• University of Geneva Oscillators TPA-Electronique R1 − + Vout R2 C R R C Figure 4: Wien-bridge, base setup2.2 Phase-shift oscillatorFigure ?? shows the two configurations of the phase-shift oscillators, a phase shift oscillator.Each of the RC circuits in the positive feedback introduces a phase shift that depend of theactual values of R and C. Only the frequency that produces a pahse shift on each sectorequal to 90o , will be stable, so the pahse shift of is 180o , then the op-amp should work in aninverting configuration with gain 1. The frequency that fullfill this condition is: 1 fr = √ 2πRC 62.3 Double T-filter oscillator3 LC oscillatorsRC oscillators are good for frequencies up to 1 MHz, but for higher frequencies, LC oscilla-tors are better. Due to the limited bandwidth of most of opamps the amplification is basedon discrete BJT transistors.3.1 Colpitts OscillatorThe resonance frequence of this circuit (see figure 7-a) is the resonance frequence of theLC circuit: 1 C1 C2 fr ≈ √ → CT = 2π LCT C1 + C2E. Cortina Page 4
  • University of Geneva Oscillators TPA-Electronique 2R’ R1 R3 − − + Vout + Vout R2 R’ C R C R R C R C (a) (b) Figure 5: Wien-bridge (a) with lamp, (b) The gain of the feedback circuit depend of the values of the capacitors, (see figure 7-b) Vr IXC1 XC1 1/2πfr C1 C2 B= = = = = Vout IXC 2 XC 2 1/2πfr C2 C1 Then the amplifier gain should be C2 A= C1In the common emitter configuration shown in the example, the gain is rC A= reBut this expression is valid only for low frequencies, with higher frequencies the lag networksin base and collector can distort, and even kill the oscillation. Indeed the actual value of Adepend on the bandwidth of the transistor. If the cut frequencies of these networks arebigger than oscillation frequency, the gain is the quoted in the previous expression. If theoscillation frequency is larger than the cut frequency then the gain is significantly lower thatrC /re that togheter with the phase shifts introduced will kill the oscillation. Another thing to take into account is the effect of the input impedance of the the am-plification. Input impedance is part of the load of the resonant circuit, and can reduce theQ factor of this circuit, then the resonant frequency change accordingly with the followingexpression: 1 Q2 fr = √ 2π LCT Q2 + 1In case ofQ > 10 (most of the cases) the effect is less than 1%, and this effect can beignored, but in order to minimize the effect of the input impedance, we can replace BJTtransistor by a FET, with input impedance much larger than in BJT . In case that the load ofthe circuit is too low, the Q factor can be also reduced. To avoid this a transformer couplingthat will increase the load impedance is adviced.4 Biliography 1 Electronique, Thomas L. Floyd, Ed. Reynald Goulet (1999)E. Cortina Page 5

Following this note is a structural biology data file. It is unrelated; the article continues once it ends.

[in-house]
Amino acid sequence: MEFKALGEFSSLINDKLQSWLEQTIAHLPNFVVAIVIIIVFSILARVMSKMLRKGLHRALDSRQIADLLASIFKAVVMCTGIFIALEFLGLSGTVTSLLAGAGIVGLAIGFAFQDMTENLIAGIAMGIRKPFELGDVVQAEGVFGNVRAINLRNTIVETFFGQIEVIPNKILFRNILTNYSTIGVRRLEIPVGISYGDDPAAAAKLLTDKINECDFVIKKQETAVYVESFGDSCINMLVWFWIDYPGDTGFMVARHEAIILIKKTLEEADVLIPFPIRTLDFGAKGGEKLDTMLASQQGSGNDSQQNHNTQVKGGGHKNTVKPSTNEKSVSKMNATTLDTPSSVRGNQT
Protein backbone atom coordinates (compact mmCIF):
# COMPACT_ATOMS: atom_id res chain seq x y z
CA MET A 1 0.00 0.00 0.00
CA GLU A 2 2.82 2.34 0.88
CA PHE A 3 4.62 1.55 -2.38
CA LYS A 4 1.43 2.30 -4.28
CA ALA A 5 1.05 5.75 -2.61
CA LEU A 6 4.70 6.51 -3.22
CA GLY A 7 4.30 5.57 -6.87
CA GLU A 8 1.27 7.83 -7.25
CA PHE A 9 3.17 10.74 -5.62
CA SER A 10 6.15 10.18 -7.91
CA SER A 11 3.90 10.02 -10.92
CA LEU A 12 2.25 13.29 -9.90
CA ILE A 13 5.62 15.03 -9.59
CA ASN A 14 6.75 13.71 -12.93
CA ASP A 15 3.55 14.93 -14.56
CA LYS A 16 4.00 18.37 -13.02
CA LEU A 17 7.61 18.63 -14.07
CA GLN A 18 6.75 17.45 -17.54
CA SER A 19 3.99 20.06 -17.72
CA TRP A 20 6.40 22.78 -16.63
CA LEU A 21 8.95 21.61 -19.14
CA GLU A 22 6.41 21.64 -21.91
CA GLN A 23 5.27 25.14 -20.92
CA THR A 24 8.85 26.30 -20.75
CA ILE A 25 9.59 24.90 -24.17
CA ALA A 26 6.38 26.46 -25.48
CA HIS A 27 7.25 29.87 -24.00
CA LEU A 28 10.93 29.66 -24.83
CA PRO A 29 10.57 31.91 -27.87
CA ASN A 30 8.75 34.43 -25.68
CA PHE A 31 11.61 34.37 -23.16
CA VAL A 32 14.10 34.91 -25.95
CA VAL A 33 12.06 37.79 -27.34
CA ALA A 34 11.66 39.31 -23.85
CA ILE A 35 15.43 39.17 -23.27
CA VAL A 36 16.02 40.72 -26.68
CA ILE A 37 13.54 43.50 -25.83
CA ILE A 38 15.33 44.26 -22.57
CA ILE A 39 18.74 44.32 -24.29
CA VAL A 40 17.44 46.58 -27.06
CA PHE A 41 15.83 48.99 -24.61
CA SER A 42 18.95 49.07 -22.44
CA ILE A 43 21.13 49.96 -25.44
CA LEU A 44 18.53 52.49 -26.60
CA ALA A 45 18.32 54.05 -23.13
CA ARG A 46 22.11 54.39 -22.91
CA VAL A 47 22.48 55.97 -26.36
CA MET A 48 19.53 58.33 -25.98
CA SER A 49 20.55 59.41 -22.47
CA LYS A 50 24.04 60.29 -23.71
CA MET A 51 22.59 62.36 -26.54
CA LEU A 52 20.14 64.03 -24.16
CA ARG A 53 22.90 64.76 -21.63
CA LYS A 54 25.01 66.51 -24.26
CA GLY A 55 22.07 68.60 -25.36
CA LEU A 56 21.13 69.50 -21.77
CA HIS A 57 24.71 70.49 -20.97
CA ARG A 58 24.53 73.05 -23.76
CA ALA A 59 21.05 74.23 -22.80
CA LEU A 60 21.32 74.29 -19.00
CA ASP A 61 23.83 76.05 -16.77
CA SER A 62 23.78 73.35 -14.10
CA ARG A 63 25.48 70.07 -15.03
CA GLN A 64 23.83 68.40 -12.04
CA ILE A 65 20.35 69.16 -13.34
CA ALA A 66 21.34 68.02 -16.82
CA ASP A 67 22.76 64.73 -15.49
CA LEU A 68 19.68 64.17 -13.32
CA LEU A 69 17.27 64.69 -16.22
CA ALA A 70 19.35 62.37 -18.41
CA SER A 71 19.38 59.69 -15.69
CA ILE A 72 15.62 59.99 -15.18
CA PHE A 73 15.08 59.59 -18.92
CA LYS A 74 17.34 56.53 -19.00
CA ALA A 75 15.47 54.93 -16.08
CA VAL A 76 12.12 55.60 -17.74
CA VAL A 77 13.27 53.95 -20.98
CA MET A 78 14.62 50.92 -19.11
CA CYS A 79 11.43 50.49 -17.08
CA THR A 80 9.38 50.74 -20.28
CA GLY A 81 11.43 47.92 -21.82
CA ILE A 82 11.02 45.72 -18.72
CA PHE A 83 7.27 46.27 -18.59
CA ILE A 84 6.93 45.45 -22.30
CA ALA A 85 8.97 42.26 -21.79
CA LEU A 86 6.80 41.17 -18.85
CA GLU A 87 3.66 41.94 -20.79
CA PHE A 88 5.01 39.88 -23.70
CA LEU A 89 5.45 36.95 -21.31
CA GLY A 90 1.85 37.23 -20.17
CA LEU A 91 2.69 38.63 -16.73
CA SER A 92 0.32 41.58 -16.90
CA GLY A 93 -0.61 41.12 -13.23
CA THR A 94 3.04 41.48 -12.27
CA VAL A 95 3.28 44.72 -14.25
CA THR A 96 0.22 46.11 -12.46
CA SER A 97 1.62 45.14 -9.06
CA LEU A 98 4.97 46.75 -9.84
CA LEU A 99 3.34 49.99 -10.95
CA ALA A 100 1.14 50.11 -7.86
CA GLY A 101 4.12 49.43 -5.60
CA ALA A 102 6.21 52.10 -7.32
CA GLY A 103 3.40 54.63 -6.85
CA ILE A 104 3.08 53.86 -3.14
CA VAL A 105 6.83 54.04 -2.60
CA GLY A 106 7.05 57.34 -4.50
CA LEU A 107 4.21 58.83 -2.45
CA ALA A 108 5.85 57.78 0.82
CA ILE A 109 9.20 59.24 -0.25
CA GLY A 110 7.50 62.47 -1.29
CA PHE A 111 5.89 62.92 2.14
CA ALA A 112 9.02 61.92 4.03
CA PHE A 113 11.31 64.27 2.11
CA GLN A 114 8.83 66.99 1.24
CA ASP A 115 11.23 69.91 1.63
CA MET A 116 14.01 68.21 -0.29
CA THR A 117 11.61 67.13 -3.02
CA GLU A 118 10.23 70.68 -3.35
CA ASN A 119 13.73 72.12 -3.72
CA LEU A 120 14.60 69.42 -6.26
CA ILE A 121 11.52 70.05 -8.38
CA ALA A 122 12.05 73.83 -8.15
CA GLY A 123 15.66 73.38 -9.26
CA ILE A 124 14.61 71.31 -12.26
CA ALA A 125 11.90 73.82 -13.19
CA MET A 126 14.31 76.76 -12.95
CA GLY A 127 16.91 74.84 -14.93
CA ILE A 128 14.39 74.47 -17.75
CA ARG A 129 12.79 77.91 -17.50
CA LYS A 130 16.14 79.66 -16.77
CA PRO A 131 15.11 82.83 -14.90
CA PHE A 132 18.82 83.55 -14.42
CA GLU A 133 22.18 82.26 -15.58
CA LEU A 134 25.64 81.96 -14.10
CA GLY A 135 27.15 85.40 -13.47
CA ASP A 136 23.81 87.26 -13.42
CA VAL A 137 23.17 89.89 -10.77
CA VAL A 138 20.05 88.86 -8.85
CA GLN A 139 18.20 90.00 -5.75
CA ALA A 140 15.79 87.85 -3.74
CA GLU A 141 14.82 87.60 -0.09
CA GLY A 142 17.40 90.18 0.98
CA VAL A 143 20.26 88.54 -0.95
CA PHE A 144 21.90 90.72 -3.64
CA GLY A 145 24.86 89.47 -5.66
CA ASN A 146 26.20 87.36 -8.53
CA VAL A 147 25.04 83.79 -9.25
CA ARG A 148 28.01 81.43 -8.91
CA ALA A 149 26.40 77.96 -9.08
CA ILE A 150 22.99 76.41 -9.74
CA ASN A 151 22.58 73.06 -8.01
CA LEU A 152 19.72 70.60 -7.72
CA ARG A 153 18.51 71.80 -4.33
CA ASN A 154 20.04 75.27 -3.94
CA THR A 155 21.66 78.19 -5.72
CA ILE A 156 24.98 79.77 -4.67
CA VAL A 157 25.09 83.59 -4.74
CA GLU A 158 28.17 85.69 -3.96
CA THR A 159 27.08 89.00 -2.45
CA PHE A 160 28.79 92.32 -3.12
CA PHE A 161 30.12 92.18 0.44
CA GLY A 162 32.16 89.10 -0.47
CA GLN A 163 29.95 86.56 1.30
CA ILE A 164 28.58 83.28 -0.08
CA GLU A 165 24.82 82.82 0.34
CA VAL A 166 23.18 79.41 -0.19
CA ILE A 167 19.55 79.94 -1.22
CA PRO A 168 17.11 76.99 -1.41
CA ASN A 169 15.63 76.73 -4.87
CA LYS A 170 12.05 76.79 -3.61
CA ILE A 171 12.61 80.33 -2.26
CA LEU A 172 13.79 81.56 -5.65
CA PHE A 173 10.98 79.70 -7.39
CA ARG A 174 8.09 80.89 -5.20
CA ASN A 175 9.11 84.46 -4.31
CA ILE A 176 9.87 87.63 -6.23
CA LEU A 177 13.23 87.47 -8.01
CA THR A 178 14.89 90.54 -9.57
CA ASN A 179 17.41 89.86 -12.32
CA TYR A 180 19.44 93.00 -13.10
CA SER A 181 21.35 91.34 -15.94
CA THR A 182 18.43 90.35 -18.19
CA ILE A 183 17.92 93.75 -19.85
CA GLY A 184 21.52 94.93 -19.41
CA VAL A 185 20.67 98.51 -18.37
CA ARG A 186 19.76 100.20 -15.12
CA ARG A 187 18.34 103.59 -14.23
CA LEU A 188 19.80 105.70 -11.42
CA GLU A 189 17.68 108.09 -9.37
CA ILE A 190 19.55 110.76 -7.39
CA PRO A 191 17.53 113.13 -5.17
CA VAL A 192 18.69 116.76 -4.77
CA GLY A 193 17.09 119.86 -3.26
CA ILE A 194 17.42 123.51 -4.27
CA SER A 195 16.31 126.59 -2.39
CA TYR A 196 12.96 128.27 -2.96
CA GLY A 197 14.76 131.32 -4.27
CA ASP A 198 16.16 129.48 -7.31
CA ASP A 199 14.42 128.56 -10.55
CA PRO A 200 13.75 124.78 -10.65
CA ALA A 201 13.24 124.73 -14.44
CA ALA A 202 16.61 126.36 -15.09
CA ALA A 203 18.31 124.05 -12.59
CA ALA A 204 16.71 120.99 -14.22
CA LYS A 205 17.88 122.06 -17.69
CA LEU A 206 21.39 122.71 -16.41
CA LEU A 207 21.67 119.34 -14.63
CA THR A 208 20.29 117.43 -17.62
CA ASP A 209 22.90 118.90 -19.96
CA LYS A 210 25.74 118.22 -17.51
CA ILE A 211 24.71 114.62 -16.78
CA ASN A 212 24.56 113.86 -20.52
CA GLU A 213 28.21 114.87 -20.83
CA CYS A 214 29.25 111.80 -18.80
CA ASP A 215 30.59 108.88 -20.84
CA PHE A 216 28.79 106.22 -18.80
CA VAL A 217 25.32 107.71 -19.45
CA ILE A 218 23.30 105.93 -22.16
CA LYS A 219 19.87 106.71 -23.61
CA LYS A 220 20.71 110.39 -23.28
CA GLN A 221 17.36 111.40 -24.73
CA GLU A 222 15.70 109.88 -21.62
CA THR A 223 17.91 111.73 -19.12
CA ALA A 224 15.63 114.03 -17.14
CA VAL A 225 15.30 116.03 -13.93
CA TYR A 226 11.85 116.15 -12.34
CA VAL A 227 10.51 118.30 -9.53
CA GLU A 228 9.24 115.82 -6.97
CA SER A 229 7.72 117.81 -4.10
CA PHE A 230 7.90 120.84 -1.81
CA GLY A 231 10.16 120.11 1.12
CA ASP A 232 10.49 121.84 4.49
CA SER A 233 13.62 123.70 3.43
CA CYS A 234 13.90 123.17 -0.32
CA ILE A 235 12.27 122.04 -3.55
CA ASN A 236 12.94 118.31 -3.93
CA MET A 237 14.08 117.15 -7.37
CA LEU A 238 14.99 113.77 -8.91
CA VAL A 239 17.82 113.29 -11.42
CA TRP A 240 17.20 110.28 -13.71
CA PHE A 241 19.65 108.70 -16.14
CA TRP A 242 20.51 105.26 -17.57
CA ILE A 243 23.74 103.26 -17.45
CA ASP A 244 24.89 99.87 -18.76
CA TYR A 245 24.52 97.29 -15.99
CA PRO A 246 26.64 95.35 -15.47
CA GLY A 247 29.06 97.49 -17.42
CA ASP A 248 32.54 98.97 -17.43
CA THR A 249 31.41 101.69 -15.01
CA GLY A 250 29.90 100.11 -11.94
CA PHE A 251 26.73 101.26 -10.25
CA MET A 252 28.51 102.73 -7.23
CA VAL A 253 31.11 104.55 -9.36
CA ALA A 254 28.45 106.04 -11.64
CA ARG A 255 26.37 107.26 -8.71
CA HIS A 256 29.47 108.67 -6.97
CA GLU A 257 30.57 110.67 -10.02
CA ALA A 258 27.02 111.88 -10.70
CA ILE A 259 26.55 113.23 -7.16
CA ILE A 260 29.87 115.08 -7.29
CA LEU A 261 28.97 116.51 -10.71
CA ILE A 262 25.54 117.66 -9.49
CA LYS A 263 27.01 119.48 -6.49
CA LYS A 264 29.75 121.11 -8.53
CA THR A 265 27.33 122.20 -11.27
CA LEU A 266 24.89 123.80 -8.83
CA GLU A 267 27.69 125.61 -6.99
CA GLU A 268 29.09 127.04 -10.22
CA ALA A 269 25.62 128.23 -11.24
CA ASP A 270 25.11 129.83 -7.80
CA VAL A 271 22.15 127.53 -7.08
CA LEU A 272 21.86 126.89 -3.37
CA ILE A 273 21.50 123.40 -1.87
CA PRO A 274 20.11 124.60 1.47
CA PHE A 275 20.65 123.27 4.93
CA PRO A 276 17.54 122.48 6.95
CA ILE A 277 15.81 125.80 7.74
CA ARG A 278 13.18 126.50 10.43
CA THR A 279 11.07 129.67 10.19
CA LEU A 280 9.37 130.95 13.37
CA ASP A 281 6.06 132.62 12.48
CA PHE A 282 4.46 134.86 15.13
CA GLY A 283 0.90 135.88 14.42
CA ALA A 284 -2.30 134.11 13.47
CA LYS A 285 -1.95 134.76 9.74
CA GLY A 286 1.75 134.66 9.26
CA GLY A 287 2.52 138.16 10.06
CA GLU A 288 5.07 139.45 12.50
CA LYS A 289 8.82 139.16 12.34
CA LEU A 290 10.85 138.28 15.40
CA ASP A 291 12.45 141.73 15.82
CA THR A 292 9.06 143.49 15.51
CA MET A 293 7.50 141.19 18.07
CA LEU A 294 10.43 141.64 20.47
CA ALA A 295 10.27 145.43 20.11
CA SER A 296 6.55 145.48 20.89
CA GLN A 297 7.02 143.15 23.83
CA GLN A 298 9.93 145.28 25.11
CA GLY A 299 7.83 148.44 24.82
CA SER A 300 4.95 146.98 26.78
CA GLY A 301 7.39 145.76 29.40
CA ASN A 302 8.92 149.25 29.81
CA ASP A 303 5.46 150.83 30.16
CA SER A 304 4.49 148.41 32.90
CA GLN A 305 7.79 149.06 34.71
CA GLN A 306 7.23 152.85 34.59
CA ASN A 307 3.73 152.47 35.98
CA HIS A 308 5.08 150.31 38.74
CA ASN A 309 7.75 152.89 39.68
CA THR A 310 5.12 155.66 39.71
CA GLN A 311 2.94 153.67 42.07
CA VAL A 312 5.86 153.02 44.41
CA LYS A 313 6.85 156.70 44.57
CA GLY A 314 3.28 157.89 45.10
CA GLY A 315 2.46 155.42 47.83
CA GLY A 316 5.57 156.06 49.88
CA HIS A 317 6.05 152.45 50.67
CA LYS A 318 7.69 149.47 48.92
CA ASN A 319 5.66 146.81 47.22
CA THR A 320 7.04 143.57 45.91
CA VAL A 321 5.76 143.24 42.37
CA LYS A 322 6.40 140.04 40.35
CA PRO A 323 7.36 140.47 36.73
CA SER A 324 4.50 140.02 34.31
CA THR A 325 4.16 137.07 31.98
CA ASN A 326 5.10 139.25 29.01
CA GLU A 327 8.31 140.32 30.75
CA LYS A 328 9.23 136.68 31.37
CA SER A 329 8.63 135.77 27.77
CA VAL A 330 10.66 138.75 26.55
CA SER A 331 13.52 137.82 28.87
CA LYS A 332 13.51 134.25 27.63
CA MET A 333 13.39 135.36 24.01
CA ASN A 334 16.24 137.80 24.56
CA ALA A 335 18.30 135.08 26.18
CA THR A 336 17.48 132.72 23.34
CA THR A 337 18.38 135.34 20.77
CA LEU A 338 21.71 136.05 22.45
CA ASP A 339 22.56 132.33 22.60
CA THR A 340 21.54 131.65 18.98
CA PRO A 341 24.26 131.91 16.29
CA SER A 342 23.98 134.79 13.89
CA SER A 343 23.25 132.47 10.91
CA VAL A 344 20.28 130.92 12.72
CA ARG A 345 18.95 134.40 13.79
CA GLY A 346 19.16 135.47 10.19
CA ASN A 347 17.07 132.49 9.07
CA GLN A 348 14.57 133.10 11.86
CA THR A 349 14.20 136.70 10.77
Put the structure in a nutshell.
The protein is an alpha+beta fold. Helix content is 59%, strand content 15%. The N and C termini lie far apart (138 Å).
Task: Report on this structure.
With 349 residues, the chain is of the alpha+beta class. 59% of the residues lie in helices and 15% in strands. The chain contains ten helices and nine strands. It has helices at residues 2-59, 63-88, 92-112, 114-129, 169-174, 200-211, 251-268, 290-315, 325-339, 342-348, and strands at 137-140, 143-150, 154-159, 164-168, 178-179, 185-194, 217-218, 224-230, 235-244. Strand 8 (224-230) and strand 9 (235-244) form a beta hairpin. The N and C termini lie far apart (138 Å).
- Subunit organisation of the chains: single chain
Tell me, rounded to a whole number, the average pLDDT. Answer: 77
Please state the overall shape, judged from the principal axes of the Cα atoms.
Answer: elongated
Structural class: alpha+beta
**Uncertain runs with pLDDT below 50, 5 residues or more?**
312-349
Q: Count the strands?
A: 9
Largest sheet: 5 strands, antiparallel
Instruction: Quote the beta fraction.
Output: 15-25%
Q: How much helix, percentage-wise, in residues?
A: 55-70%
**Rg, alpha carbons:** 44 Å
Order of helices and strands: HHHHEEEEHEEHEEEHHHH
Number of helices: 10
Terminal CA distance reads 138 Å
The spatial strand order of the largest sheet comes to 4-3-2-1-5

• University of Geneva Oscillators TPA-Electronique C C C − + Vout R R R (a) R R R − + Vout C C C (b) Figure 6: Phase shift oscillators (a) lead network and (b) lag network 2 The Art of Electronics,E. Cortina Page 6
  • University of Geneva Oscillators TPA-Electronique Vcc (a) (b) R1 R1 C2 Vout Vout L R1 R1 C2 I C2 C2 L Vr Vout C2 C2 Figure 7: Colpitts oscillator (a) base circuit and (b) Resonant circuit attenuationE. Cortina Page 7